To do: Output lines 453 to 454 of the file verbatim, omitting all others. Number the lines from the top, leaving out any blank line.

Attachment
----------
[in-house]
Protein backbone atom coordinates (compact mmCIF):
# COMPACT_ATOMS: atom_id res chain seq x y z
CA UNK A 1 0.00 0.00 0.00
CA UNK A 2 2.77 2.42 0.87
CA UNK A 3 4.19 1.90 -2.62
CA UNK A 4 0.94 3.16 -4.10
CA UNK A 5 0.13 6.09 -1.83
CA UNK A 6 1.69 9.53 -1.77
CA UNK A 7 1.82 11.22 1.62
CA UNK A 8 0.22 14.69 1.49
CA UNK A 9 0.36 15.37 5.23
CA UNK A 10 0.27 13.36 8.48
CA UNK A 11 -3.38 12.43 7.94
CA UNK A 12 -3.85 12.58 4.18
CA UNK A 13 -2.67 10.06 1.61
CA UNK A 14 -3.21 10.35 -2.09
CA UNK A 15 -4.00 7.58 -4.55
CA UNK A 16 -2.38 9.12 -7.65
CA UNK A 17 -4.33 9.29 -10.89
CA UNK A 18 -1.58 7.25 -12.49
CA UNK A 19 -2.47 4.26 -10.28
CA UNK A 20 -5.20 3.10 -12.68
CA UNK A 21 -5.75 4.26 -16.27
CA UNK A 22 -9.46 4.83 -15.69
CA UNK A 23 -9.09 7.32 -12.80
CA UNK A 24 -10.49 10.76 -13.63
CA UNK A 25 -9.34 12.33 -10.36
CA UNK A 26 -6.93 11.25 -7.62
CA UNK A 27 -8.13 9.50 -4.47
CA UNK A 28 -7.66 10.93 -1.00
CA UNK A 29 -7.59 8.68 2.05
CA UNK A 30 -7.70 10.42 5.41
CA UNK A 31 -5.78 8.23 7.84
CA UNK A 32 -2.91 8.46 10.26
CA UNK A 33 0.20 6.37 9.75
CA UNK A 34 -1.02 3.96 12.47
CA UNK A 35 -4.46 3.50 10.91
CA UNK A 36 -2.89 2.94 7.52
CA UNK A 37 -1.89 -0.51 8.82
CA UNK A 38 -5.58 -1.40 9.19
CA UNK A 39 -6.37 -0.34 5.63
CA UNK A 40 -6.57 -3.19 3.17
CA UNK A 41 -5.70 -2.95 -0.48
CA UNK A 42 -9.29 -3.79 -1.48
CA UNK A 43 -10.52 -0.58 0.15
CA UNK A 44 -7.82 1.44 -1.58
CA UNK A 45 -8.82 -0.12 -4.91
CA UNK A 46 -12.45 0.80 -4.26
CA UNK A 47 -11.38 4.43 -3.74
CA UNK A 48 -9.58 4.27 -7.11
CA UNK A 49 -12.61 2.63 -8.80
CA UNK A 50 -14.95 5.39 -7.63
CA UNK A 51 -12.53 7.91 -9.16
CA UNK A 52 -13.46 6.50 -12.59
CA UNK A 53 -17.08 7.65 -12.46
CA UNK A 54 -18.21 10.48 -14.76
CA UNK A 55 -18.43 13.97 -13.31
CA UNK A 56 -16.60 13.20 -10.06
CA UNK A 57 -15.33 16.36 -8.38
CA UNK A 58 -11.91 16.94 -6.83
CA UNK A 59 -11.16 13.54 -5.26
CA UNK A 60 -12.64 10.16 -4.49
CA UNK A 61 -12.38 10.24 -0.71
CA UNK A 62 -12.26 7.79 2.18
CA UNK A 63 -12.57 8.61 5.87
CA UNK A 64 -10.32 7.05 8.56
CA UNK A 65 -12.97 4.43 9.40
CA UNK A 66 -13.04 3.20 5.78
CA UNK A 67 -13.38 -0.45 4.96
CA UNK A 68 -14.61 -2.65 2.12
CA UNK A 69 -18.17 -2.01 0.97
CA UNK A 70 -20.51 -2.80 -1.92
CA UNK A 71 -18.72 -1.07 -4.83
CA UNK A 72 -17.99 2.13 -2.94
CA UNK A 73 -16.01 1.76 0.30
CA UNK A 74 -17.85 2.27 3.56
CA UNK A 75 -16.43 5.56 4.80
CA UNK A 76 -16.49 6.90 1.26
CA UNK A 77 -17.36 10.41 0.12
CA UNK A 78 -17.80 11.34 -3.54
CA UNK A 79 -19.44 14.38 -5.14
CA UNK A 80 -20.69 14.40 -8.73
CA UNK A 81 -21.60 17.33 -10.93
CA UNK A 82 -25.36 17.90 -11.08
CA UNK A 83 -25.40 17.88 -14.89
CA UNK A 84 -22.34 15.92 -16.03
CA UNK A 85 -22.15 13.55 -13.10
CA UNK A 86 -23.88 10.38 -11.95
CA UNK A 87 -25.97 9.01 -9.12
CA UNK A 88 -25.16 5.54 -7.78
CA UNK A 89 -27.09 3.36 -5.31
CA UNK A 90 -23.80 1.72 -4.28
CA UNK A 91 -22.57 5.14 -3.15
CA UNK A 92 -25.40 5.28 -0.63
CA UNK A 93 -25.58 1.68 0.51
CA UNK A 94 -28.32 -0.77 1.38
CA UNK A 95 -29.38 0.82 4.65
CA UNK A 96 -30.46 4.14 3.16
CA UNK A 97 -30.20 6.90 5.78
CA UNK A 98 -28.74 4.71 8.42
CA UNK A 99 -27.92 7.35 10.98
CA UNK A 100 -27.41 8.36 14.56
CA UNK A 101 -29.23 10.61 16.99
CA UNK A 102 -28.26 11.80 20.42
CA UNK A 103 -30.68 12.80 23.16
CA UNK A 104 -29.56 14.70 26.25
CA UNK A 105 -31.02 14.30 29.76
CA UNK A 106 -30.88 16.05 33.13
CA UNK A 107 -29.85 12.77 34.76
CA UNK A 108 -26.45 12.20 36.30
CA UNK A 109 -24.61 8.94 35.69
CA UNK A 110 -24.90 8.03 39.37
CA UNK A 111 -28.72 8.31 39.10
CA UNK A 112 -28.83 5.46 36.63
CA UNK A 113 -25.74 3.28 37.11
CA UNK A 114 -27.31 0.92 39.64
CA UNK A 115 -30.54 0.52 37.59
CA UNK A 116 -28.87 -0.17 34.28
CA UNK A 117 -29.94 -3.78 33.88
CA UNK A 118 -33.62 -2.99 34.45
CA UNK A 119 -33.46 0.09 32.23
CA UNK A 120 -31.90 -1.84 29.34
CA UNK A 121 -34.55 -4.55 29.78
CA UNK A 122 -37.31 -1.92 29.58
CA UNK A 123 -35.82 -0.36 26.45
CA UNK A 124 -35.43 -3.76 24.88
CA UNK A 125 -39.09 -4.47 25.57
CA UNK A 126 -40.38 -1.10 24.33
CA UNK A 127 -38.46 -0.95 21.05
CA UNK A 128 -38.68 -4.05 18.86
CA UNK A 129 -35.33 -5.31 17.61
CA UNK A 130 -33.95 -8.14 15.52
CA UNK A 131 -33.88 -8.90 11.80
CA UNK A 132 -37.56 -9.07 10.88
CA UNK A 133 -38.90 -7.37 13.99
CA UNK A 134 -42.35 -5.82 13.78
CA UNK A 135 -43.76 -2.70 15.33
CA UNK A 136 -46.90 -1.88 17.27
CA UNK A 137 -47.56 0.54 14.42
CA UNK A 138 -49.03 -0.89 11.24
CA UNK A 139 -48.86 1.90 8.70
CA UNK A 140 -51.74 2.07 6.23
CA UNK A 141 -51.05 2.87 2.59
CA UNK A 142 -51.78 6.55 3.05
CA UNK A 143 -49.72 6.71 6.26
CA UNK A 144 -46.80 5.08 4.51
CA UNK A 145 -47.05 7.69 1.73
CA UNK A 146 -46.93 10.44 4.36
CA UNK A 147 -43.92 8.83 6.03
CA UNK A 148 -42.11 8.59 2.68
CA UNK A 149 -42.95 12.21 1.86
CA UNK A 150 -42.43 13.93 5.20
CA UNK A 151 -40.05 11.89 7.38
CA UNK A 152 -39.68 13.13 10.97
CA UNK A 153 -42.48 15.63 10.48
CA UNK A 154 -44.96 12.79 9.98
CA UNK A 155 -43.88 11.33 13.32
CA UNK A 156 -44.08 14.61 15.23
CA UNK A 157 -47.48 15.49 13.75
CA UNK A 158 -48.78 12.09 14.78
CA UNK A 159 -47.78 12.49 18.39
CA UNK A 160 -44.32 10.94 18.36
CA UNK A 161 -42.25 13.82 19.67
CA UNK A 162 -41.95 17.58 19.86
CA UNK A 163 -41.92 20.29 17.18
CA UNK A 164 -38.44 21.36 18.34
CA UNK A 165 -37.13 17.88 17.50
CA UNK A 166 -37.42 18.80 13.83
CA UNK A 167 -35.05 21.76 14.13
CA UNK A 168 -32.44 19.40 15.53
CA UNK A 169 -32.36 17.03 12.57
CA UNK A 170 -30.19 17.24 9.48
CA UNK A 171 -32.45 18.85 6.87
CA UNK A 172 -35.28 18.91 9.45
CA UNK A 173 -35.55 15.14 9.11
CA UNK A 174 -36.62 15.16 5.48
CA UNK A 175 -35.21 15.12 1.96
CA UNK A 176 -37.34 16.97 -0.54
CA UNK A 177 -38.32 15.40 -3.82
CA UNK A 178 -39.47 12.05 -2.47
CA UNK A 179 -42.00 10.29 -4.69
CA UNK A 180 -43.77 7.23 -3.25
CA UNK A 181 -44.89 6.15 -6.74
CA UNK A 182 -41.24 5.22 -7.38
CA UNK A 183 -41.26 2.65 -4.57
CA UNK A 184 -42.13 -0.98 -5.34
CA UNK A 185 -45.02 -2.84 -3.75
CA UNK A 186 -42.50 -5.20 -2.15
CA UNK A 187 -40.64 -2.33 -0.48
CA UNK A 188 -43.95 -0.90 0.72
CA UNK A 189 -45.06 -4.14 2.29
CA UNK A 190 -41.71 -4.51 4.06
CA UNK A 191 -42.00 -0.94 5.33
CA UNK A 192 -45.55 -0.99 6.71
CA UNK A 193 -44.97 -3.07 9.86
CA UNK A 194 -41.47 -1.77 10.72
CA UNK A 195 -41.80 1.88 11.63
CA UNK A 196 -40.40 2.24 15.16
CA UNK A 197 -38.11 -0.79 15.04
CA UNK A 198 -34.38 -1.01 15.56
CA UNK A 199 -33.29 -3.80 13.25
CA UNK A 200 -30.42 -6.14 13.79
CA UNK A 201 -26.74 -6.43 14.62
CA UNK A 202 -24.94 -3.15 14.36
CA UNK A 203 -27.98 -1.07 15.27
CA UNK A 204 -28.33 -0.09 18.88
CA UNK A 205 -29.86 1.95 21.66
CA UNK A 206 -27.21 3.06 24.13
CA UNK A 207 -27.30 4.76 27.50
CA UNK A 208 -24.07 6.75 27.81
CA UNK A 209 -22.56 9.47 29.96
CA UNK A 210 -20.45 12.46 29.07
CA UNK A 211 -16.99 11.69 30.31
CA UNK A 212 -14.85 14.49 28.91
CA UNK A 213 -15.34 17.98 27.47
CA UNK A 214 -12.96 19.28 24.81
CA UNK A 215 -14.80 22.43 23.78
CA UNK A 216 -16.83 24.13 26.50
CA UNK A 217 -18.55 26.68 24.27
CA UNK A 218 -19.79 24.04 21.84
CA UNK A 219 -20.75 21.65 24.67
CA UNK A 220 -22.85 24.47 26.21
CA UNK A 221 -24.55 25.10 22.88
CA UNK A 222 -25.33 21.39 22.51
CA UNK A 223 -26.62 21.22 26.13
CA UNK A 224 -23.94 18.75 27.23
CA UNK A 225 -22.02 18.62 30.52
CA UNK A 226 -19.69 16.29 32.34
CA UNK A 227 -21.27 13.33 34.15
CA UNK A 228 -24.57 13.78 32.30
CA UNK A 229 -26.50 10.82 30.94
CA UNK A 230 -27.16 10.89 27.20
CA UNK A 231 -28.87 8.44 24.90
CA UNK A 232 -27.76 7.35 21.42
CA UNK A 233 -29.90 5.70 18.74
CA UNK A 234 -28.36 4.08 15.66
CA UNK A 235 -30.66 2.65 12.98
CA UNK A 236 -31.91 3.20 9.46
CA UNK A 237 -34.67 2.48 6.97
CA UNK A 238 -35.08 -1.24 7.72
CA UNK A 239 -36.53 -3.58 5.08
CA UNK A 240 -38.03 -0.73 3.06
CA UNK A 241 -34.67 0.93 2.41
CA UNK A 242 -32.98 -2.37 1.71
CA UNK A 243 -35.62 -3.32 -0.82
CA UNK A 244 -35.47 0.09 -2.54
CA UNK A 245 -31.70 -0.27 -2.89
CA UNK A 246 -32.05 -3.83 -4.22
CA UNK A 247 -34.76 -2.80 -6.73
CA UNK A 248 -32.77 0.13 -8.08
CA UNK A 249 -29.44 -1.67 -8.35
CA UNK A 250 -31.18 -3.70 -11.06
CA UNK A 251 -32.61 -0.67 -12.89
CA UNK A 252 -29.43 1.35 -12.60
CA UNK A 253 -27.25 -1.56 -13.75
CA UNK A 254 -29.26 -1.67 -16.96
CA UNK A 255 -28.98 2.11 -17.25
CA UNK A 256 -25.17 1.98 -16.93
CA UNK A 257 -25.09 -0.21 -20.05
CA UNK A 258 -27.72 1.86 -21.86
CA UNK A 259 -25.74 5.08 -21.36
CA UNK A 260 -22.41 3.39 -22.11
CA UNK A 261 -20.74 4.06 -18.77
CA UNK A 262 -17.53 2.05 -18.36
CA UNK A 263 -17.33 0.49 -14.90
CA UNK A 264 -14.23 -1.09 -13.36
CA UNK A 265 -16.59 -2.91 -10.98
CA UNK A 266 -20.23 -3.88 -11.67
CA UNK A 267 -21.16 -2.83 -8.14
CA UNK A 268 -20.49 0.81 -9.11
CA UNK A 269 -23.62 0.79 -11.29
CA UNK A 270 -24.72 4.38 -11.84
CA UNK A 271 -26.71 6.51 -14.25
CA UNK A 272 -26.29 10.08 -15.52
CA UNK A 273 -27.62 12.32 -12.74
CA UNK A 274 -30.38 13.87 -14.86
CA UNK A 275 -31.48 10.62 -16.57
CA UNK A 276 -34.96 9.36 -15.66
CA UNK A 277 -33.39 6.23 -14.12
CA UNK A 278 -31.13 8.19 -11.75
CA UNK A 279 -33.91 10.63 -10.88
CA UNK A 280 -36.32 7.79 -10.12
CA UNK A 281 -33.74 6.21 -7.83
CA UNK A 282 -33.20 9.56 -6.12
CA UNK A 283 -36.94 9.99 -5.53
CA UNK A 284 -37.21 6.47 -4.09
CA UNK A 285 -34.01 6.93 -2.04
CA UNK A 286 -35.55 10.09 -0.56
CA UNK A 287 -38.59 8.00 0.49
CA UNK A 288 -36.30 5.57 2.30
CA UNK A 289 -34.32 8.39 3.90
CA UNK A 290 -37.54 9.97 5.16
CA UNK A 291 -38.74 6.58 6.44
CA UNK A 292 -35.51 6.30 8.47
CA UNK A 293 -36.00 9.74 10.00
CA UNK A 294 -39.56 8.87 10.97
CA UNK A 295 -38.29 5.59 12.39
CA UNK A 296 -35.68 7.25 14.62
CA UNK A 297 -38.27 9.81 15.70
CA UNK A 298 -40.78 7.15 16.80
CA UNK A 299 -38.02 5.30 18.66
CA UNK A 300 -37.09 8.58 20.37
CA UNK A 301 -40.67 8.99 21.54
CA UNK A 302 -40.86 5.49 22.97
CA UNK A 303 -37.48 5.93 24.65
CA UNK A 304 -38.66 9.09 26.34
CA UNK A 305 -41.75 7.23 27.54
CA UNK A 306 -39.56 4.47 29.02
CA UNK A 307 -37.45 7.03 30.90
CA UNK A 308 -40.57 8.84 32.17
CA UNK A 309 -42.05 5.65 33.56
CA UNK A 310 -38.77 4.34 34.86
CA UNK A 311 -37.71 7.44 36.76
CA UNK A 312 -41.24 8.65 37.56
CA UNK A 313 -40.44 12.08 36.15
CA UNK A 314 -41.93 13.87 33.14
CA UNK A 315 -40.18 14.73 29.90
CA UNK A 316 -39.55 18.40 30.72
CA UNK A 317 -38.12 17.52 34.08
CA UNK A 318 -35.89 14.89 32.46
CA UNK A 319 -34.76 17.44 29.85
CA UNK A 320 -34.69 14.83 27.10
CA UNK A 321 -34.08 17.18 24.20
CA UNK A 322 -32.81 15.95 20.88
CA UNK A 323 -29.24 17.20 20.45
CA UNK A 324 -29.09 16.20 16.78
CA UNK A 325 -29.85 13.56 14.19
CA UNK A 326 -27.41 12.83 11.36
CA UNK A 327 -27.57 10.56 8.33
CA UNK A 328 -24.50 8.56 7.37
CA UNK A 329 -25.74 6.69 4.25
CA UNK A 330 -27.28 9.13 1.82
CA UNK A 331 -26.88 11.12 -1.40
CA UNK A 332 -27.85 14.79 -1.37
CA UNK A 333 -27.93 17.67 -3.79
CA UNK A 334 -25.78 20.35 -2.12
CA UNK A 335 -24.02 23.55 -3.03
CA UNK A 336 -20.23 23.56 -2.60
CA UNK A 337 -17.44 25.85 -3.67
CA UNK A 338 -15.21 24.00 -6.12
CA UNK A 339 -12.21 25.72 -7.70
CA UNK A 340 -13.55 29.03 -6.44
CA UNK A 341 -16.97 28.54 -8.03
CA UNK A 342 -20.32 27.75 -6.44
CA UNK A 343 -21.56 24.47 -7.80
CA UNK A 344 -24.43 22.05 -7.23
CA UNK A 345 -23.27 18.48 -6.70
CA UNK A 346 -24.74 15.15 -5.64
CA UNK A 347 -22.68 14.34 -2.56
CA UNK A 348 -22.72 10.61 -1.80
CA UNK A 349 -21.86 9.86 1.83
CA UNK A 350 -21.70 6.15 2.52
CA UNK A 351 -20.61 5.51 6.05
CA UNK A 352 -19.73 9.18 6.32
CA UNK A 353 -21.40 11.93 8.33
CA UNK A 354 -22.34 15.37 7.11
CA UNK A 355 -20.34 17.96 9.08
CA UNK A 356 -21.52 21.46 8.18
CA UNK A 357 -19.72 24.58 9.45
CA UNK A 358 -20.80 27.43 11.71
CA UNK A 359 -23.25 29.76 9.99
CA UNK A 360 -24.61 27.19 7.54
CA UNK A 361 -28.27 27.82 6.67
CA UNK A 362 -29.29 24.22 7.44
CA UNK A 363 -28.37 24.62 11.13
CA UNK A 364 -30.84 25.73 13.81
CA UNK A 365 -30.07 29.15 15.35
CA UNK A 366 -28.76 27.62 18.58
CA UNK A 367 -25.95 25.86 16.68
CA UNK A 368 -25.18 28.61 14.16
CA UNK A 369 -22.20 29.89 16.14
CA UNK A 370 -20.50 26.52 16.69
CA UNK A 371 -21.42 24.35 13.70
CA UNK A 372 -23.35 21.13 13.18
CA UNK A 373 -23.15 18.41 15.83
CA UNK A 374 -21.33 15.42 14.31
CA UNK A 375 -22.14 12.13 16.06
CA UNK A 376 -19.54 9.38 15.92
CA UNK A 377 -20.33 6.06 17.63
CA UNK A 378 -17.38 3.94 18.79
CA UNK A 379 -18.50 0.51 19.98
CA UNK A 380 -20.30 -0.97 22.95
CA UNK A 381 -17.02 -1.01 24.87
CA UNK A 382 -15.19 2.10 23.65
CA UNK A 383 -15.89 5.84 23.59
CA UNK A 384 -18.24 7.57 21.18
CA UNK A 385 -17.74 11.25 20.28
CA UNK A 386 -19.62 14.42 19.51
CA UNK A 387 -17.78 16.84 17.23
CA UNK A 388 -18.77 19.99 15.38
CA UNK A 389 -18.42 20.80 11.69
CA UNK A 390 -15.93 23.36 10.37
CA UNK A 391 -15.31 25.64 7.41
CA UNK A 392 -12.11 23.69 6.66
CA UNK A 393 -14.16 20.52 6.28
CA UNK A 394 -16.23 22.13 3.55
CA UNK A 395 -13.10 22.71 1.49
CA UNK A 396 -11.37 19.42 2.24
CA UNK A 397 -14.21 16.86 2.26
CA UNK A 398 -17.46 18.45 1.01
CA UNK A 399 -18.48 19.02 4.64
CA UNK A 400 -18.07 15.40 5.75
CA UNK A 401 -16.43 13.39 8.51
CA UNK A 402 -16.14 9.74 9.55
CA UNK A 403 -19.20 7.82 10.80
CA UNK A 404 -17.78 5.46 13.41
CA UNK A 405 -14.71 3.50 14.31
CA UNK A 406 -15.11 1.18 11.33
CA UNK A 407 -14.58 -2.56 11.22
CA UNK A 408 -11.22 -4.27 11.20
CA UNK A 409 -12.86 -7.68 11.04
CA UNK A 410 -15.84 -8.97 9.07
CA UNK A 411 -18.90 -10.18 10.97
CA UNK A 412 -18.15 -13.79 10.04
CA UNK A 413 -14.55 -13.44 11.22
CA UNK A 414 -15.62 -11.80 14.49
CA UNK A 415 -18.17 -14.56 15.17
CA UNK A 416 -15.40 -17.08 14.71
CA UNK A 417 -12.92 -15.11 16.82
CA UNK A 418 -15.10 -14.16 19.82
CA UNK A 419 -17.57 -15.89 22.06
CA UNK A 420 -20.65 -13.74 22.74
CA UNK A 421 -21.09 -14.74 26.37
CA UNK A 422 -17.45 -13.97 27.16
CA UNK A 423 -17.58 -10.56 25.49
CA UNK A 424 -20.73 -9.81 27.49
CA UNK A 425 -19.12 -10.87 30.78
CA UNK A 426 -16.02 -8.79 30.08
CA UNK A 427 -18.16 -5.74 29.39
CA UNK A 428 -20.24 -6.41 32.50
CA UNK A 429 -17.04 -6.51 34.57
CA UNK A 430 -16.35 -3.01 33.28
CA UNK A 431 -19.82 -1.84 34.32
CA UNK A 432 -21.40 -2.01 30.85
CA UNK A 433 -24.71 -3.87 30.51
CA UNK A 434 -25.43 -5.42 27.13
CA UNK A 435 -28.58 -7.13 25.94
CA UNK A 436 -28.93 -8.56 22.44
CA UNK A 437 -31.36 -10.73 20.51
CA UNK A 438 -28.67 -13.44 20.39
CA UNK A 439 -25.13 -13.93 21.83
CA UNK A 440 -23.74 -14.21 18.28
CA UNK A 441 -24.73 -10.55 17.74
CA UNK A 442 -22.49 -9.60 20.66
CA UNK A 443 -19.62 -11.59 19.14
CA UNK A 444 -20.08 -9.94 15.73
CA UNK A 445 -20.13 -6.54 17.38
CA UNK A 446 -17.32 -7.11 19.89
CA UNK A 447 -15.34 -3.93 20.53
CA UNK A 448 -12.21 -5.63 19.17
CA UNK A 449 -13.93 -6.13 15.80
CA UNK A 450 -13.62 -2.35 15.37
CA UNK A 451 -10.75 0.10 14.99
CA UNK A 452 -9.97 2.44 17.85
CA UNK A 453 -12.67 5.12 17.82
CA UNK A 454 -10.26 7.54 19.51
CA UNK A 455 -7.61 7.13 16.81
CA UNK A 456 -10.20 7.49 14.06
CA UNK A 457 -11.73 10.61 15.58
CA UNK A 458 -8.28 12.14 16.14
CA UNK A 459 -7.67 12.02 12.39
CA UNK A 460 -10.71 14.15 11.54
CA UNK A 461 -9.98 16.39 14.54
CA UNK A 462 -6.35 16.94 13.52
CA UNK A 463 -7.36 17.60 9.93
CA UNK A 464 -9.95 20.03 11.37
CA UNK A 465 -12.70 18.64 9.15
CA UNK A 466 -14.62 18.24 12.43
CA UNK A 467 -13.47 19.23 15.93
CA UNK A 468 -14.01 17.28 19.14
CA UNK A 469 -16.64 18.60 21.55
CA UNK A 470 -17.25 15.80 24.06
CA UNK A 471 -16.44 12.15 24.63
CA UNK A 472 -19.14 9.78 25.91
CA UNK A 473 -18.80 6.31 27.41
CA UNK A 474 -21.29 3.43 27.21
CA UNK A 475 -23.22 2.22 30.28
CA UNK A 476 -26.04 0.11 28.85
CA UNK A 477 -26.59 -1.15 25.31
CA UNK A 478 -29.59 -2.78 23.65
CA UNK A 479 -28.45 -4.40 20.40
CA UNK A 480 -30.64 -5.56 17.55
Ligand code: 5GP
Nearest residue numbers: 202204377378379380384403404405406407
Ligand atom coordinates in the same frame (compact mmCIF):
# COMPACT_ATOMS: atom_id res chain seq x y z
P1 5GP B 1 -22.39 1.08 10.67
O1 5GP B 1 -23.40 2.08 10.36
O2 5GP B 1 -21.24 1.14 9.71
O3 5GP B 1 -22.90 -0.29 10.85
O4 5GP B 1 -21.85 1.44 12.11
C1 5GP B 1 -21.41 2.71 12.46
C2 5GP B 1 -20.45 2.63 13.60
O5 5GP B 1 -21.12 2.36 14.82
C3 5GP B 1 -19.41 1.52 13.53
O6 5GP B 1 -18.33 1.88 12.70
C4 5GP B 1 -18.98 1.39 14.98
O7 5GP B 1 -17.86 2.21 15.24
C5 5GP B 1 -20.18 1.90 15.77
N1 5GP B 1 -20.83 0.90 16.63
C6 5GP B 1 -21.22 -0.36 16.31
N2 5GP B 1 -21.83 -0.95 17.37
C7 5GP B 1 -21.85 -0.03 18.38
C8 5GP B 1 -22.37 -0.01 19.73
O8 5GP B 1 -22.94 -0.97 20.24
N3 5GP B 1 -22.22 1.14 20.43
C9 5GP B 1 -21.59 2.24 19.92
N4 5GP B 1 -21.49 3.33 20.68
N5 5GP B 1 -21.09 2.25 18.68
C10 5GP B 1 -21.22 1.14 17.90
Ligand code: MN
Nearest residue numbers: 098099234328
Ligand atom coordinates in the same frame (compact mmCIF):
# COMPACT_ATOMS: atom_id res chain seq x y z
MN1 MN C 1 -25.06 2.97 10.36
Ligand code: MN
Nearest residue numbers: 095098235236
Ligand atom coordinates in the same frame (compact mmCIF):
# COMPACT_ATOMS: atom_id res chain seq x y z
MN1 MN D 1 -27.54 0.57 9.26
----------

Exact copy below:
CA UNK A 450 -13.62 -2.35 15.37
CA UNK A 451 -10.75 0.10 14.99